Allpairs shortest paths with real weights in O(n³ / log n) time
 PROC. OF THE 9TH WADS, LECTURE NOTES IN COMPUTER SCIENCE 3608
, 2005
"... We describe an O(n³ / log n) ..."
On dynamic shortest paths problems
, 2004
"... We obtain the following results related to dynamic versions of the shortestpaths problem: (i) Reductions that show that the incremental and decremental singlesource shortestpaths problems, for weighted directed or undirected graphs, are, in a strong sense, at least as hard as the static allpairs ..."
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Cited by 41 (2 self)
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We obtain the following results related to dynamic versions of the shortestpaths problem: (i) Reductions that show that the incremental and decremental singlesource shortestpaths problems, for weighted directed or undirected graphs, are, in a strong sense, at least as hard as the static allpairs shortestpaths problem. We also obtain slightly weaker results for the corresponding unweighted problems. (ii) A randomized fullydynamic algorithm for the allpairs shortestpaths problem in directed unweighted graphs with an amortized update time of ~O(mpn) and a worst case query time is O(n3/4). (iii) A deterministic O(n2 log n) time algorithm for constructing a (log n)spanner with O(n) edges for any weighted undirected graph on n vertices. The algorithm uses a simple algorithm for incrementally maintaining singlesource shortestpaths tree up to a given distance.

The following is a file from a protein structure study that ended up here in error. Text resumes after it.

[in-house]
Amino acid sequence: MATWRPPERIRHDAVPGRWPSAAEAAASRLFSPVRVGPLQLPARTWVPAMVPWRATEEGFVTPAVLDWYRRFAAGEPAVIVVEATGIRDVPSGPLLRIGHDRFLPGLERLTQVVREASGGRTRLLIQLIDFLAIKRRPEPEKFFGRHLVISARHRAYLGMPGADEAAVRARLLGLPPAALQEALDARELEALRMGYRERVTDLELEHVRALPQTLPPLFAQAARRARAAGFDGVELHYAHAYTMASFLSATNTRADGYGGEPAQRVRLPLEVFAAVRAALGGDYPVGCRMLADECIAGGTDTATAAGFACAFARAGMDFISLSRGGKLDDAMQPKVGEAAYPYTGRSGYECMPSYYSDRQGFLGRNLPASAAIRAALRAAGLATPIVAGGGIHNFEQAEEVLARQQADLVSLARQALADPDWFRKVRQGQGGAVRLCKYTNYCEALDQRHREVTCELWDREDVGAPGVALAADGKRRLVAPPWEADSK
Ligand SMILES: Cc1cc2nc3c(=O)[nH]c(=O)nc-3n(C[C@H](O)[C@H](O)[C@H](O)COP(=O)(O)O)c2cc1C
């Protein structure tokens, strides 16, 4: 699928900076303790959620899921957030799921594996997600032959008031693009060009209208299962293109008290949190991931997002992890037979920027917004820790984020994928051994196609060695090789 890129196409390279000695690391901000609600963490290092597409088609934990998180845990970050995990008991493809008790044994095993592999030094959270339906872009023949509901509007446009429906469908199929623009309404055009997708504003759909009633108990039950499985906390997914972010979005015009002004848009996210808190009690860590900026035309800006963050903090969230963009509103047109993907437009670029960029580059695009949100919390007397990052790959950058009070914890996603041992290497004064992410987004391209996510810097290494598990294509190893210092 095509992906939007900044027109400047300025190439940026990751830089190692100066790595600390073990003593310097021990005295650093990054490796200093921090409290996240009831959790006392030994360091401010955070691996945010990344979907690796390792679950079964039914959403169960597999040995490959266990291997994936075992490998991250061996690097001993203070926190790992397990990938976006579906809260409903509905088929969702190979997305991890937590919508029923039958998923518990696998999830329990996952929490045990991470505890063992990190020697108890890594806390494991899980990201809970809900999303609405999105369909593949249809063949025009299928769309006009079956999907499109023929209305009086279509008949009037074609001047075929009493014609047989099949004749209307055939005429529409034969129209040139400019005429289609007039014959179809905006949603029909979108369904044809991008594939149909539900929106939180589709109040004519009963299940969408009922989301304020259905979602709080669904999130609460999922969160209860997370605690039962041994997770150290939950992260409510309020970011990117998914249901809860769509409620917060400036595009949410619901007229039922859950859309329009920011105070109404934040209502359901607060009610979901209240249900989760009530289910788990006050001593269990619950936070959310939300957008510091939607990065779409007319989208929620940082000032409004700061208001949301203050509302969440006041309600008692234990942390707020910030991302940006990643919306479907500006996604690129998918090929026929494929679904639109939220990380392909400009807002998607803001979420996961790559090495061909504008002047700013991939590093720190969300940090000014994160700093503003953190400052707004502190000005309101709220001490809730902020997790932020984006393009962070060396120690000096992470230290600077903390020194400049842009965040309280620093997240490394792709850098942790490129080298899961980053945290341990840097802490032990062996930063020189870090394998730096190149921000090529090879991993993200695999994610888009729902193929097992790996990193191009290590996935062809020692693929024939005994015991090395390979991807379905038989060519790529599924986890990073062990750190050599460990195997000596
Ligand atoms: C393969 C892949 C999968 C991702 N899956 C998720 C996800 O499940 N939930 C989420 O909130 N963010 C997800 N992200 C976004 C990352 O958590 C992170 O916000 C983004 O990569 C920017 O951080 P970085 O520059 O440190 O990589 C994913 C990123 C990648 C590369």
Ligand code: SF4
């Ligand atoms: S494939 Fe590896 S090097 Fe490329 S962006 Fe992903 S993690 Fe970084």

On the Representation and Multiplication of Hypersparse Matrices
, 2008